Geoengineering the climate would mean venturing into new technology with huge consequences. But what might those consequences be and is there an alternative solution to anthropogenic climate change?
Image credit: ©Photo: R Fletcher-Wood, Artist: Jason Heppenstall
Ambient chemistry
Chemists are exploring ways to mimic nature’s selective, low-temperature biochemical reactions that make delicate and reactive structures. Previously, chemists had copied high temperature geological reactions.
Image credit:
Whisky
There’s a lot of chemistry going on in whisky. Despite tight regulations on food hygiene, processing and labelling, we still don’t know much about the chemistry of whisky – nor how they may affect us.
Image credit: ©
Entropy
Entropy or disorder, is a scientific measure of things spreading out, of uncertainty, or of the information required to describe something. Entropy always increases, so what impact does it have on our universe, our materials, and our concept of exist

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Our latest chemistry blog posts

Our blog posts focus on a specialist topic.
Many are written by scientists about their ongoing research, others by the TWDK team.

TWDK red science flask
Stress inner ear
Wednesday 14th of July 2021
TWDK red science flask
Of quartz – A colourful problem
Tuesday 4th of May 2021
TWDK red science flask
Performing dogs and molecular roulette
Wednesday 10th of March 2021
TWDK red science flask
Discovery
Thursday 25th of February 2021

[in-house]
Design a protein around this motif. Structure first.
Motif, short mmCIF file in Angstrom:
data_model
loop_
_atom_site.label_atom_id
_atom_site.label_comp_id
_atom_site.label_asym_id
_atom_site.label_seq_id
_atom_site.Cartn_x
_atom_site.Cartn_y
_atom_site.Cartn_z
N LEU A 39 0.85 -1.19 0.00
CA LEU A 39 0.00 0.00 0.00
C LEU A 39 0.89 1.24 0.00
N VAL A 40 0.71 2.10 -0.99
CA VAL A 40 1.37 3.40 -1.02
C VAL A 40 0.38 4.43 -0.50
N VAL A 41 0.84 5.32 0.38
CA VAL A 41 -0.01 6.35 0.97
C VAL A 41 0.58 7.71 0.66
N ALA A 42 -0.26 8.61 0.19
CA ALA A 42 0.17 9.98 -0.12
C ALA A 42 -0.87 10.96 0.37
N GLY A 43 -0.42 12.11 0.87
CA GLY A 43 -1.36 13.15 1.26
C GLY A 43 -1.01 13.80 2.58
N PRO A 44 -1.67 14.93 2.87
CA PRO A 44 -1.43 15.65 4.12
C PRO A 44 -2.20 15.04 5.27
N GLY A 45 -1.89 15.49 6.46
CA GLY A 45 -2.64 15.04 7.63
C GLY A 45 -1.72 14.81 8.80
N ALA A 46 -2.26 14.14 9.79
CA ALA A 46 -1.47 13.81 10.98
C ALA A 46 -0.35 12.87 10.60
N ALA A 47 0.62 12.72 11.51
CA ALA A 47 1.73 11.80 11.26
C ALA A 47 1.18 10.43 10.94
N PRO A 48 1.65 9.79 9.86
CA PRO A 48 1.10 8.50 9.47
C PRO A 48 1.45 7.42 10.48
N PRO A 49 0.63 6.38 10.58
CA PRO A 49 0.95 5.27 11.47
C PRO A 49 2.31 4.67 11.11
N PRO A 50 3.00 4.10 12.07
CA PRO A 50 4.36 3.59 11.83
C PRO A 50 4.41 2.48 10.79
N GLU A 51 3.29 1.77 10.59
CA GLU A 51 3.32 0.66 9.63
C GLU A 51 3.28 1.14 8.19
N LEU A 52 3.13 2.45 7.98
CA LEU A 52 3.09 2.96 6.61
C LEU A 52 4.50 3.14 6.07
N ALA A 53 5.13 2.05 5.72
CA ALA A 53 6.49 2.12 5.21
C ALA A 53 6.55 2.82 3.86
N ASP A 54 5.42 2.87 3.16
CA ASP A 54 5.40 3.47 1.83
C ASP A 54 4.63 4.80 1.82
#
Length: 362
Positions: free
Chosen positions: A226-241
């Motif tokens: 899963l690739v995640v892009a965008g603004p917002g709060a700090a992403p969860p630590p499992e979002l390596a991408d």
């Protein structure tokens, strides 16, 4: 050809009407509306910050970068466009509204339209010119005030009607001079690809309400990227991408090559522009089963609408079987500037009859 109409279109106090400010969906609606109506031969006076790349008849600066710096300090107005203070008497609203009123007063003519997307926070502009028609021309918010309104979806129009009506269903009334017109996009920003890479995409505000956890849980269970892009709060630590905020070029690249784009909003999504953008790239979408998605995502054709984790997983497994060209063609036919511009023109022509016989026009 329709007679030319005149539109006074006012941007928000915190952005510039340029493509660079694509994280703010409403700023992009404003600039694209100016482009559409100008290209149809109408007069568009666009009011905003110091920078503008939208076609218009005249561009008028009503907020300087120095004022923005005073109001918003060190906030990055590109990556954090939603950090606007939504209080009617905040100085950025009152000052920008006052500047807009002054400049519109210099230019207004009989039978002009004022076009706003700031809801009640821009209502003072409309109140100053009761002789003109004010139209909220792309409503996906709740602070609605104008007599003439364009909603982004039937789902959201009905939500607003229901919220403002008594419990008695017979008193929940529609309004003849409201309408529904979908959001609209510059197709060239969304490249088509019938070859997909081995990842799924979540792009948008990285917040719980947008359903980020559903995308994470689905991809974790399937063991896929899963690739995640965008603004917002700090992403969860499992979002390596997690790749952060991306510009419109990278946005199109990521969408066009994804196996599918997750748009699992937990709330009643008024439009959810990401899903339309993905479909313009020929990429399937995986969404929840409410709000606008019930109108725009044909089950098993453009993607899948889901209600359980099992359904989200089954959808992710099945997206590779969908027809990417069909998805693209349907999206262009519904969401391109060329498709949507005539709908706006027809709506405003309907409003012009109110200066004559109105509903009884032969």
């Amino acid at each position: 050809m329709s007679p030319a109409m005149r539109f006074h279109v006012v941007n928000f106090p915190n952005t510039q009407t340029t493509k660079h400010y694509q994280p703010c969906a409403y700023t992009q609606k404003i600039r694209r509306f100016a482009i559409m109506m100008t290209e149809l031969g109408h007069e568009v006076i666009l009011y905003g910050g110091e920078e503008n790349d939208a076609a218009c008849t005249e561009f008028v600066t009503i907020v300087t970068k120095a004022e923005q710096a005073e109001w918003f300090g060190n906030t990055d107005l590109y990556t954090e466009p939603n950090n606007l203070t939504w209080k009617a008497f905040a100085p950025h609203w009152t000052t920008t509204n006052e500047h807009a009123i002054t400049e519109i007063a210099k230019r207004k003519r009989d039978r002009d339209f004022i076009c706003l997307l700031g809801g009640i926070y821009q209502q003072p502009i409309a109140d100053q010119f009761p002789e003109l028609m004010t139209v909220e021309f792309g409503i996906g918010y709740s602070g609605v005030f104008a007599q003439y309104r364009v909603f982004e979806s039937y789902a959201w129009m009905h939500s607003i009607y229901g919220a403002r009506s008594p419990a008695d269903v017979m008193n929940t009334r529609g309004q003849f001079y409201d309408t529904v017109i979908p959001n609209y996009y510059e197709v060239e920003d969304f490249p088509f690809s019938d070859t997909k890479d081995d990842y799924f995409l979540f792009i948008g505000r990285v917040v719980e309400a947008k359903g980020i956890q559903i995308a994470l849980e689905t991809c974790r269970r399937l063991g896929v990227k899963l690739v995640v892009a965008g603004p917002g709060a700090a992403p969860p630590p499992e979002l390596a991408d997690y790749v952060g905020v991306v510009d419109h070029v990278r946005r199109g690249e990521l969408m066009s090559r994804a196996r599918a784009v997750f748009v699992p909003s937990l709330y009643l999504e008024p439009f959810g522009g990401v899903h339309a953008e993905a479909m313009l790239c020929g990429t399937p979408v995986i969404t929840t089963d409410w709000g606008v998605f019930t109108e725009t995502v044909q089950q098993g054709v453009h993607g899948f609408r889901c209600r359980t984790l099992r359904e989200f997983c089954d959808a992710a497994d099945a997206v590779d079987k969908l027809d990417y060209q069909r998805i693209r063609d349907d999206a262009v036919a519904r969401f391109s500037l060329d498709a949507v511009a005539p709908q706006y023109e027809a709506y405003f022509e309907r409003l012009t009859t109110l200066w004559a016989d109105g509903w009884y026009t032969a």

TWDK red science flask
Counterfeit brandy
Wednesday 10th of February 2021
TWDK red science flask
One Nobel Prize Later...
Wednesday 9th of December 2020
More blog posts about chemistry...

Delve deeper into Chemistry

Can't find what you're looking for? Browse the branches of chemistry that interest you most.

TWDK magnifying glassAnalytical Chemistry looks at what things are made of, and finding new ways to determine what they're made of.

TWDK magnifying glassAstrochemistry is the study of the chemical make-up of the universe, and the reactions and interactions that take place in stars and other astronomical bodies.

TWDK magnifying glassBiochemistry is a broad area of chemistry covering the chemical processes involved in life itself.

TWDK magnifying glassEnvironmental Chemistry tracks chemical processes in soil, air and water, and studies how they interact with humans, plants and animals.

TWDK magnifying glassGeochemistry is the use of Chemistry to study the composition and mechanisms of major geological systems such as Earth.

TWDK magnifying glassGreen Chemistry is concerned with the design and development of new sustainable technologies and products.

TWDK magnifying glassInorganic Chemistry looks at the entire periodic table, its trends, the formation of non-carbon-based compounds and their applications in new technologies.

TWDK magnifying glassMaterials Science deals with the structures and properties of materials.

TWDK magnifying glassNuclear Chemistry is the science of radioactive elements, and studies the effect of radiation on the chemistry of materials.

TWDK magnifying glassOrganic Chemistry focusses on carbon-based compounds such as those that make up life, and deals with molecular reactions and drug syntheses.

TWDK magnifying glassPhysical Chemistry uses mathematical modelling to discover the rate laws, mechanisms and underlying principles behind core chemistry.